By Lord Heseltine, former Deputy Prime Minister
I believe Britain must remain part of the EU. As Europe's leaders meet in Council, they have at the top of their agenda discussions on competitiveness and growth. They know that their first priority is to get Europe back onto a strong financial footing.
As a country we cannot afford to gamble with our position as a leading nation by throwing into question our future membership. Promises about a future in-out referendum serve to unnerve businesses already investing billions in our own economy, by virtue of our close links with the EU.
The stakes are simply too high to allow short-term political concerns to outweigh our long term economic and business interests. There is one clear cut opportunity for people to make their views known on this and other matters, and that is during the 2015 general election. It is incumbent on my party and on all other parties to put Britain's national interest first and foremost and support our continued membership of the EU – leading not leaving, as my colleague the Rt Hon Ken Clarke has so often eloquently set out.
That debate must be an informed and considered appraisal of the evidence. EEF's report on the benefits of our membership is a vital contribution to the discussion, because it is based on the views of manufacturers who are at the vanguard of driving growth and helping make the economic recovery sustainable.
As EEF has said, the debate as we head into elections for the European parliament next year, must shift to focus on the benefits of membership – access to markets, the free movement of people and greater levels of funding for innovation.
As a strong and proud country we must lead from within to reform the institutions of the EU where reform is needed and to keep the agenda of the Council, the Commission and the Parliament firmly focused on Europe's economic growth and future potential.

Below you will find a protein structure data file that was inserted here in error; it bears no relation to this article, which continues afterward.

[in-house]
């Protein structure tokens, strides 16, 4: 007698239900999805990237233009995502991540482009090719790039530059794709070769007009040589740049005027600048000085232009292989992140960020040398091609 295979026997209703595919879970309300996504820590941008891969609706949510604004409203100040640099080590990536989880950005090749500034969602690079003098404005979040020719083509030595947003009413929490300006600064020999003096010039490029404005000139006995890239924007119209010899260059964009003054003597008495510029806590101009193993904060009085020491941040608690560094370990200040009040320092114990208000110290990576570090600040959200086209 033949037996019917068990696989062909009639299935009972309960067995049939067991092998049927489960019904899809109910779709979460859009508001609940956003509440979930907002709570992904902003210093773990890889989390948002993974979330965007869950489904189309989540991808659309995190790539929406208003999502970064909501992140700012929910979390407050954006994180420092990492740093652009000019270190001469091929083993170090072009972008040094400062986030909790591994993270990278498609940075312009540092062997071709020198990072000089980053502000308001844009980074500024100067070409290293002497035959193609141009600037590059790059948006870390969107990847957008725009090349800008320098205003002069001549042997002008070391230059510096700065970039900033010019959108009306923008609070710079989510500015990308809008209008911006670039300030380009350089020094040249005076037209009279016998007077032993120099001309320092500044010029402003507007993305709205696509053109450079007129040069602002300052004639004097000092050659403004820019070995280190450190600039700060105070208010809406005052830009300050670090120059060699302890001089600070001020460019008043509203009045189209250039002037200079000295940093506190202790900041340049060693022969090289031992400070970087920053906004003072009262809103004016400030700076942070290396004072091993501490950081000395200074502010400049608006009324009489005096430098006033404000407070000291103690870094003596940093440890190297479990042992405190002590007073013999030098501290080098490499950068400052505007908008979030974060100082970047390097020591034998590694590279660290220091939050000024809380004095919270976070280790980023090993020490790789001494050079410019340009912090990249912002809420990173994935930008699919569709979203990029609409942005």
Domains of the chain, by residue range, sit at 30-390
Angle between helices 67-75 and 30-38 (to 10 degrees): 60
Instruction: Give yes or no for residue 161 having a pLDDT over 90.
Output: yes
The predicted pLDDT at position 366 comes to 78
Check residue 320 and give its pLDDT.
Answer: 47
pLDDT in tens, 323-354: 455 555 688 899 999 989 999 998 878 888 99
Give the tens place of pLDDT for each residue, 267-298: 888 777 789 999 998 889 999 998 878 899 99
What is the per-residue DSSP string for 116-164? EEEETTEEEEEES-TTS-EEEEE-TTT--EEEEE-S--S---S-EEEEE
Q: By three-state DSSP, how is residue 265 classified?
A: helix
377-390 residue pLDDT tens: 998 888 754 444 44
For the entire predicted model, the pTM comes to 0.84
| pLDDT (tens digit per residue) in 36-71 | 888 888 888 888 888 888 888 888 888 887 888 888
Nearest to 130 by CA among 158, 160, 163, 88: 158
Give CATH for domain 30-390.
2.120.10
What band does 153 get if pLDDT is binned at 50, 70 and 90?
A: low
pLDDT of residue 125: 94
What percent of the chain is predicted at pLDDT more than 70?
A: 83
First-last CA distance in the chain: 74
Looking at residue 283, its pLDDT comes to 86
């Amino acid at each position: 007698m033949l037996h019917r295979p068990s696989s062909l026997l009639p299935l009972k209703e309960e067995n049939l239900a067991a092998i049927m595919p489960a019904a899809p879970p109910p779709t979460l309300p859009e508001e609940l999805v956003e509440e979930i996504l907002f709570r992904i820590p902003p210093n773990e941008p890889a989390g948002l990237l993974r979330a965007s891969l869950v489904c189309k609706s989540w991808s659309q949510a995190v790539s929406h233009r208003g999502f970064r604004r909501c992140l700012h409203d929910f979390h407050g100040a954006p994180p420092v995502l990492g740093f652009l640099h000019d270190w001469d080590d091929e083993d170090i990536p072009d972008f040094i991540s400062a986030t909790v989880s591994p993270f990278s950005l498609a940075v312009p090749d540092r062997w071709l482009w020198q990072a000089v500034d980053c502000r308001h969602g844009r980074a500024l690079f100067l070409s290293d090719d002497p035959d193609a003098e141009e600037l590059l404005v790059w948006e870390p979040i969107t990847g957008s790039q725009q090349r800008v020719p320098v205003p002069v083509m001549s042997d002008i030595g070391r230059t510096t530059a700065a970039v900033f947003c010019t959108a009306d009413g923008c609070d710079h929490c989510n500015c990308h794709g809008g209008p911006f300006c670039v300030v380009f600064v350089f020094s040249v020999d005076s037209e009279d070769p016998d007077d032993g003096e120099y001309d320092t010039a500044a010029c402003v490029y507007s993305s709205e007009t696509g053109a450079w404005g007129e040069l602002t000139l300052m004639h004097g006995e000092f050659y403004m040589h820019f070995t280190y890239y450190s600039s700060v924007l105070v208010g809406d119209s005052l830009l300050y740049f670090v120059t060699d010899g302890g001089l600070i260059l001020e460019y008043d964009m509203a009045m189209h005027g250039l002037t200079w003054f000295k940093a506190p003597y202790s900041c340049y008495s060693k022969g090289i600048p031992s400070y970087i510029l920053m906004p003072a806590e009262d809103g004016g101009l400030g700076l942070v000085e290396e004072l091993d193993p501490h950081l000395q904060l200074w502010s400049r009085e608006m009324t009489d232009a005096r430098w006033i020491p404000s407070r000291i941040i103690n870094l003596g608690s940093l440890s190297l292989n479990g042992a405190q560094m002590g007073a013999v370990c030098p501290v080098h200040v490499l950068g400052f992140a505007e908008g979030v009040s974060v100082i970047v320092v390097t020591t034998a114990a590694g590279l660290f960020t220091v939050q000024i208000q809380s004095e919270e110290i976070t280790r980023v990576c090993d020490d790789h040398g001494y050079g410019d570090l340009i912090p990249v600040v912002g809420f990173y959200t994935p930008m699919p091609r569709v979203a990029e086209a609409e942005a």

The size of the prize, as EEF put it in Manufacturing: Our Future in Europe, is significant. Billions of pounds worth of new trade deals, such as the historic EU-Canada free trade agreement signed in the last few weeks, are on the table . Prime Minister David Cameron rightly seized on this success and called for greater efforts to push through the next big prize – a US-EU trade deal. And more will follow. With the best will in the world Britain alone cannot hope to negotiate deals on this level operating as a sole trader.
More and more businesses are speaking out, because they see the risk that Britain is potentially taking by even considering an exit plan. Nissan's chief operating officer, Mr Toshiyuki Shiga, couldn't have been more candid. As one of the biggest investors in the UK employing thousands of British workers in the North East, he said it was very important from his perspective that the UK remains part of the single market.
With Britain as a leading player in Europe, future foreign investment will be secured as we power ahead in a new era of industrialisation where we have a real opportunity to redefine what it means to make it in Britain. We must hold our nerve and work closely with European partners to drive growth and prosperity across the continent. It's in our national interest.